Home remodels are typically large projects that involve multiple contractors and subcontract labor companies. It’s an exciting time to see your average home be changed into your dream home, and it's also stressful, as the decisions you make now are going to affect your comfort for years to come. Like most other projects you’ve ever tackled, the process can be simplified if you take the time to consider what you hope to accomplish and how best to reach your goals.

Formulate the plan

The process begins with determining specifically what you hope to accomplish. Friends and family are going to offer advice that may or may not be relevant to your project, as their remodeling experience may have been based on different goals. The basis of the project can be substantially different if you’re bringing an older home up to modern standards or if your home is newer but needs updates to match your lifestyle. Updating your kitchen with new cabinetry and appliances, for example, is going to be a completely different project than building a new kitchenette from scratch to provide for long-term guests in a basement apartment.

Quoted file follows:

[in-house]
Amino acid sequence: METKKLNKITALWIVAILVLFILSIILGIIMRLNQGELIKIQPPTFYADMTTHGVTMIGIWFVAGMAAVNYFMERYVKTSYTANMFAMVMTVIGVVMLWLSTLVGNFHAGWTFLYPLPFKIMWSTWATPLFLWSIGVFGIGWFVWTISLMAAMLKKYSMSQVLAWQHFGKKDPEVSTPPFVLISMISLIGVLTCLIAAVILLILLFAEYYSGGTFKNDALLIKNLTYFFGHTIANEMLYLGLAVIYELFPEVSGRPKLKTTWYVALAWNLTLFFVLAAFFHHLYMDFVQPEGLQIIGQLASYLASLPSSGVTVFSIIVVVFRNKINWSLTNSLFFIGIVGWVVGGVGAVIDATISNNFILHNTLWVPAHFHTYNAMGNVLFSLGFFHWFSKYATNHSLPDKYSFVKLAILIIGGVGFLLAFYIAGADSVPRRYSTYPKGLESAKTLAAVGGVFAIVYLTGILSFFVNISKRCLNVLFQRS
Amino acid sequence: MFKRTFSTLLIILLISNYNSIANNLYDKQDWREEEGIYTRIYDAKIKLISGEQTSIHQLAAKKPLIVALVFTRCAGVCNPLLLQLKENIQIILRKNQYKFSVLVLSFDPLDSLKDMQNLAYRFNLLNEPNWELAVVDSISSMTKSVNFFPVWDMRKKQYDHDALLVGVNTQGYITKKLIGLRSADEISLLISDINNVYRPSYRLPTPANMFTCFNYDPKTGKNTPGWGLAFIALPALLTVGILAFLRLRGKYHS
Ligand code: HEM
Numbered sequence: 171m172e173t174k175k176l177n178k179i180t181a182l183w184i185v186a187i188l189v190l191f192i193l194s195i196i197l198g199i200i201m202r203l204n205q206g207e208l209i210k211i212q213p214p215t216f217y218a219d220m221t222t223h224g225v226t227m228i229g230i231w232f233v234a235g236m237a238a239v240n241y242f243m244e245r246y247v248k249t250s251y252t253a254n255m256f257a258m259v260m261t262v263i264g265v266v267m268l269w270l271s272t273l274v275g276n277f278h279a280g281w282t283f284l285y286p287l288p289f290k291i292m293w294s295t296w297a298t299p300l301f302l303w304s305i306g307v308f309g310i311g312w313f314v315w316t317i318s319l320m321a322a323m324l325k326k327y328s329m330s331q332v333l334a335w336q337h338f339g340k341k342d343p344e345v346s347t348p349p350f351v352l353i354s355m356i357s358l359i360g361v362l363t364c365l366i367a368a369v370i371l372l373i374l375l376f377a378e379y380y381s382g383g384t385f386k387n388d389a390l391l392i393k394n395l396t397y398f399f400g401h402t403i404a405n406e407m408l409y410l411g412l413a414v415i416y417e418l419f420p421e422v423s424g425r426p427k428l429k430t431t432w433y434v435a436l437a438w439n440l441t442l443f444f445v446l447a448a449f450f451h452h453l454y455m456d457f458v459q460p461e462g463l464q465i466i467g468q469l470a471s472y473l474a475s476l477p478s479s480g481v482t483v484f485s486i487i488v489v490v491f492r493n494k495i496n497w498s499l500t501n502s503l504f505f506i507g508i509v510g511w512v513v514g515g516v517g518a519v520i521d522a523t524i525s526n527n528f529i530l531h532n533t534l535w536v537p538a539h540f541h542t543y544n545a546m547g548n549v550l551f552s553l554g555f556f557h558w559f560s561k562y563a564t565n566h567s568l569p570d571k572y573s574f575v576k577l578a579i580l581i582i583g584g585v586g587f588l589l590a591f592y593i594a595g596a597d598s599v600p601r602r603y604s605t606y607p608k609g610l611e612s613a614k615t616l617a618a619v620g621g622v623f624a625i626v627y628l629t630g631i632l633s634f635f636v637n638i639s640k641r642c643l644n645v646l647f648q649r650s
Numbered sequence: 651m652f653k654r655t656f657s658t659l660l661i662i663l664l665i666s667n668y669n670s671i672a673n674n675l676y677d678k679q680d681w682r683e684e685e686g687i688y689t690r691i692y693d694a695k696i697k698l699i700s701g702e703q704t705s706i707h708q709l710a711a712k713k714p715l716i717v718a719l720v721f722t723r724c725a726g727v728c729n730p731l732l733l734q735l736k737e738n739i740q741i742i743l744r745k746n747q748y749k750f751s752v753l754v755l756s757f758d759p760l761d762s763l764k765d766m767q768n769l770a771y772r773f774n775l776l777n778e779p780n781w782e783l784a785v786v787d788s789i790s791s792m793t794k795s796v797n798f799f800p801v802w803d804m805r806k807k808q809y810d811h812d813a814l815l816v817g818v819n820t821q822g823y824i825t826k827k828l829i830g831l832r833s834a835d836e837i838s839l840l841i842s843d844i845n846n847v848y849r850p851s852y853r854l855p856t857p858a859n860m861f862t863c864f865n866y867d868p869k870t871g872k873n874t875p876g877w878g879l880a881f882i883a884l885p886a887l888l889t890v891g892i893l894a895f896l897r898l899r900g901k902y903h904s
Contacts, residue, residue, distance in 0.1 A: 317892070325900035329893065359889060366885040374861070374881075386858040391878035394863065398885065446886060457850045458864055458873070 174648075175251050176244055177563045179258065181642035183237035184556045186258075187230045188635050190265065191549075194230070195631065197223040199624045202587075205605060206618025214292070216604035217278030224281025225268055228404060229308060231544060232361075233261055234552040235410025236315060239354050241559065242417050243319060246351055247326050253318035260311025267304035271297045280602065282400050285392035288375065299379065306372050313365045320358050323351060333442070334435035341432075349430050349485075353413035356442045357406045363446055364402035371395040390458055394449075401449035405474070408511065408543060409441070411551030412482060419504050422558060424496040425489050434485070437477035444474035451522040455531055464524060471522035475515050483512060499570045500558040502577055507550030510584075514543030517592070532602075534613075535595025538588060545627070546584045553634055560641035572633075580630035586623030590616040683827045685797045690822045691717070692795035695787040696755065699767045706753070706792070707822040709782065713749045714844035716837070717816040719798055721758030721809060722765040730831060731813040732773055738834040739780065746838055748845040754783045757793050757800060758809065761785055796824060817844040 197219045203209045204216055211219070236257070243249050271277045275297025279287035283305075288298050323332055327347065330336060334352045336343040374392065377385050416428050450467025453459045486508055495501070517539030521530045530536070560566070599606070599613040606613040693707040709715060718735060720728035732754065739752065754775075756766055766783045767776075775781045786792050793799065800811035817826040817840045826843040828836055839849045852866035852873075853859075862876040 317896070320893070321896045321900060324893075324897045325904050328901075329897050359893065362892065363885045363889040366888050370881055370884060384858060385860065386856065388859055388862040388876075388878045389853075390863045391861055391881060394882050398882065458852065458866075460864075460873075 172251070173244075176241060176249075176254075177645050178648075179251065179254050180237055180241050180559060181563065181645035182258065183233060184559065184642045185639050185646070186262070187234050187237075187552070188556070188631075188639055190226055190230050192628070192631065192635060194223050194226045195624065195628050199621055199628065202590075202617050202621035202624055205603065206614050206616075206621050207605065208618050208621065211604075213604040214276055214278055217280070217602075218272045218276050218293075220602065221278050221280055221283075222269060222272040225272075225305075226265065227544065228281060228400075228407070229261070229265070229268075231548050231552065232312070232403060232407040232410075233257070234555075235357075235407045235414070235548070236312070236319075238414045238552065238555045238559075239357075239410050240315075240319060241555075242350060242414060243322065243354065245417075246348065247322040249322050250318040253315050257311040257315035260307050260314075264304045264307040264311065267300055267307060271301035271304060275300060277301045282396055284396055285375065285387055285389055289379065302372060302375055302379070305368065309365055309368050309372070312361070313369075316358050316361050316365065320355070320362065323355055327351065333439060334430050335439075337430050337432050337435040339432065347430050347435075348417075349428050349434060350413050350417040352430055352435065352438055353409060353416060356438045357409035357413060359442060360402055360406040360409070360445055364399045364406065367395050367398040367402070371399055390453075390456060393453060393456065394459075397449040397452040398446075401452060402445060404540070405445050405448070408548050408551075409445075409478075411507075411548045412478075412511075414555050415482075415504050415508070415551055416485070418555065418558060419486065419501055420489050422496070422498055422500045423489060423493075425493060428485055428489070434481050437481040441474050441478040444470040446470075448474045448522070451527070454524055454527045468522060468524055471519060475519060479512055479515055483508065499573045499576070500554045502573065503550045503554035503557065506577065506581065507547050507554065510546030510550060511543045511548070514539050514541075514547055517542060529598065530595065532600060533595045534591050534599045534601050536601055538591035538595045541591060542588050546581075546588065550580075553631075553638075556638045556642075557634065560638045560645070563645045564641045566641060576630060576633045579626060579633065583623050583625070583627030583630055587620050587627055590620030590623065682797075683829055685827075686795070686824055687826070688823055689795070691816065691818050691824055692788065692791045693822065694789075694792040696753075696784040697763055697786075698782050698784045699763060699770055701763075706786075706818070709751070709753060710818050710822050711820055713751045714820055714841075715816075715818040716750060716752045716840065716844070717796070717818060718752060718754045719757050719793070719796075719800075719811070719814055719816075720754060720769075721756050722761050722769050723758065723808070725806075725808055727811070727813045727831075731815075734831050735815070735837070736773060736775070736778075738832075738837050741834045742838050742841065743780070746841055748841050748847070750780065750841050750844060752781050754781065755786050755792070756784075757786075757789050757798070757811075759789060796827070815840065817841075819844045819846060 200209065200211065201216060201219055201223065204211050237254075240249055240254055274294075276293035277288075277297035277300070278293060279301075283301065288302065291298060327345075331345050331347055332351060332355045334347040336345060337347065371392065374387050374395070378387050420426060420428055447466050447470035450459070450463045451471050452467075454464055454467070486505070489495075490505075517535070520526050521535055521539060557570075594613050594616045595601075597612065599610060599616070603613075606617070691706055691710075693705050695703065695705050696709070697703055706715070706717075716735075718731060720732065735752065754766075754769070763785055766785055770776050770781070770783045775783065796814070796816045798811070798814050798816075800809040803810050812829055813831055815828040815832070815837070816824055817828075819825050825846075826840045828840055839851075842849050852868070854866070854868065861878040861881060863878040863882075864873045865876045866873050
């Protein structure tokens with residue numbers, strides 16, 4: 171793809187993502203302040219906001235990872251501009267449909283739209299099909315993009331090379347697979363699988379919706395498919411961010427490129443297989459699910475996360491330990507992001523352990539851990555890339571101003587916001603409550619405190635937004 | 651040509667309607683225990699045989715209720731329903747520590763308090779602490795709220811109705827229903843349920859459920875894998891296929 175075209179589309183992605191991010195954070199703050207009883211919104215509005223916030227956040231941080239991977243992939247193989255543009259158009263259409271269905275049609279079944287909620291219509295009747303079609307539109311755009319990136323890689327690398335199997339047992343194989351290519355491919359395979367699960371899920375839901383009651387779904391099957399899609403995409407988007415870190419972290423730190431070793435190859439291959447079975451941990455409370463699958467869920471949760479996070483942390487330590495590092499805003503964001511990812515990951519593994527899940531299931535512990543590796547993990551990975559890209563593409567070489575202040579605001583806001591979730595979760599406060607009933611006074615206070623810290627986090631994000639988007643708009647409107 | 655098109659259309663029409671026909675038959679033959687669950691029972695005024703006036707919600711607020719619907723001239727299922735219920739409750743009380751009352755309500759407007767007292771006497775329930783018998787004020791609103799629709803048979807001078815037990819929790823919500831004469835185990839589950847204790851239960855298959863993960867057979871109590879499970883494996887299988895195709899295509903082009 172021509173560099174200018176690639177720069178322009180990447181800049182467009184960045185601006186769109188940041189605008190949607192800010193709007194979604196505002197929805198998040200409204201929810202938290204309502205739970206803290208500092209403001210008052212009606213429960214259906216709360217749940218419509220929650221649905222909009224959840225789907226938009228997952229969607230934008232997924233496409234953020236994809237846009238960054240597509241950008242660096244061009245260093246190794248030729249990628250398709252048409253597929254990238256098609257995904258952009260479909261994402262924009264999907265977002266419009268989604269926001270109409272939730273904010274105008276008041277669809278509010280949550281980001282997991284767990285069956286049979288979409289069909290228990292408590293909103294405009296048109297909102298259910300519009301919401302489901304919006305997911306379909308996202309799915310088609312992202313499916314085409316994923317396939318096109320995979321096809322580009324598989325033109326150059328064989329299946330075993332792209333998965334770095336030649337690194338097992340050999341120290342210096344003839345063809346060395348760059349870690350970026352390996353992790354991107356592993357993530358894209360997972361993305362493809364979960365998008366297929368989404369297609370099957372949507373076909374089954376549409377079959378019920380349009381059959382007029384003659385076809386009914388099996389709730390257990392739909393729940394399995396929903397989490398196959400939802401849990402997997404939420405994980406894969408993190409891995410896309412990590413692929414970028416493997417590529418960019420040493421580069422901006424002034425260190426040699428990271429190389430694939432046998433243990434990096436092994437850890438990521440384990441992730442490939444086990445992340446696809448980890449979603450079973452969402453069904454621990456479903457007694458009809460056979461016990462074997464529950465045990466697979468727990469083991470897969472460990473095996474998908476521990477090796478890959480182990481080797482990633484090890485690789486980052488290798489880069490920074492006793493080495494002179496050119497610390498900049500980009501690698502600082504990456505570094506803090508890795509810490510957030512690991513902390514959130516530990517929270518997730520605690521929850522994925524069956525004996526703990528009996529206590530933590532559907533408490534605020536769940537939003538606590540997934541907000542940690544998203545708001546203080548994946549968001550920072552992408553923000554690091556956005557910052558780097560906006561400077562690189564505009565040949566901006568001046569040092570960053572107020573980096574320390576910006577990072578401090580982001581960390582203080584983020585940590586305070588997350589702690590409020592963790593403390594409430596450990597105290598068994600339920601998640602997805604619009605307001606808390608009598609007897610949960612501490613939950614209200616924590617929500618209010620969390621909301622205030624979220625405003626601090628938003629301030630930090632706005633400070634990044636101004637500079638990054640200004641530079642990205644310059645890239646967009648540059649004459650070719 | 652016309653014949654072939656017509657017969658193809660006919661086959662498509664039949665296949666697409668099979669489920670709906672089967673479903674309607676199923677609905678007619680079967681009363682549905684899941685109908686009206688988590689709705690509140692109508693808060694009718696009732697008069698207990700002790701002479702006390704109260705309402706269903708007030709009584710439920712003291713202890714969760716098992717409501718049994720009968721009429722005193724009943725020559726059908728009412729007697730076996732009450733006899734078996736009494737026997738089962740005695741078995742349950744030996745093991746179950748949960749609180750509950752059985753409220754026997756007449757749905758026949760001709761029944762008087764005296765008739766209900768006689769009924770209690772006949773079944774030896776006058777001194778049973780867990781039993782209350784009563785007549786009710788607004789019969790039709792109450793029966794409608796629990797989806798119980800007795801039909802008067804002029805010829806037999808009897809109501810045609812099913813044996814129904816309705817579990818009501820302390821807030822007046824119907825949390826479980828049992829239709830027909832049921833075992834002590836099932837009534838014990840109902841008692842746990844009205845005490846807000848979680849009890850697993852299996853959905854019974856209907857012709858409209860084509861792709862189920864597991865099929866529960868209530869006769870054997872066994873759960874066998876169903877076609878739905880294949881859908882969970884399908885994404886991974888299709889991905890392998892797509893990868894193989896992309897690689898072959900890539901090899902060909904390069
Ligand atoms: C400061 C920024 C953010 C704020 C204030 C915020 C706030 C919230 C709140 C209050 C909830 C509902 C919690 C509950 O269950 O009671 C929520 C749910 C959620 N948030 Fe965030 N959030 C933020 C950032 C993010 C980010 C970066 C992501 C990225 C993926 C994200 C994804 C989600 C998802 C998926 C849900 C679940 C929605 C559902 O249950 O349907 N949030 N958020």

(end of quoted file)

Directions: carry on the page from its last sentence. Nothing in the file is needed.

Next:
Discuss the requirements with your general contractor

The obvious solution is to begin with a general contractor who is experienced in the type of work you expect to have performed. To continue with the previous example, most contractors will be capable of building the new kitchen or updating the existing one. However, the two jobs are inherently different, and different contractors are going to bring different experiences to the table. The idea is to interview several contractors and determine which one is going to be best for the job at hand. At this point, you’re probably going to be working closely with the contractor for the next month to assure work is done properly and according to your standards.

Hire the electrician

In a perfect world, the contractor can bring in his own electrician, and you will have no worries. Unfortunately, that’s not always the case. A general contractor license does not cover electric work, which has to be independently certified to assure that it is completed according to local code and laws. Ultimately, the responsibility comes back to the homeowner to assure that the electrician is properly licensed and insured to provide reliable work that adds value to the home rather than conducting improper work that detracts from the home’s value.



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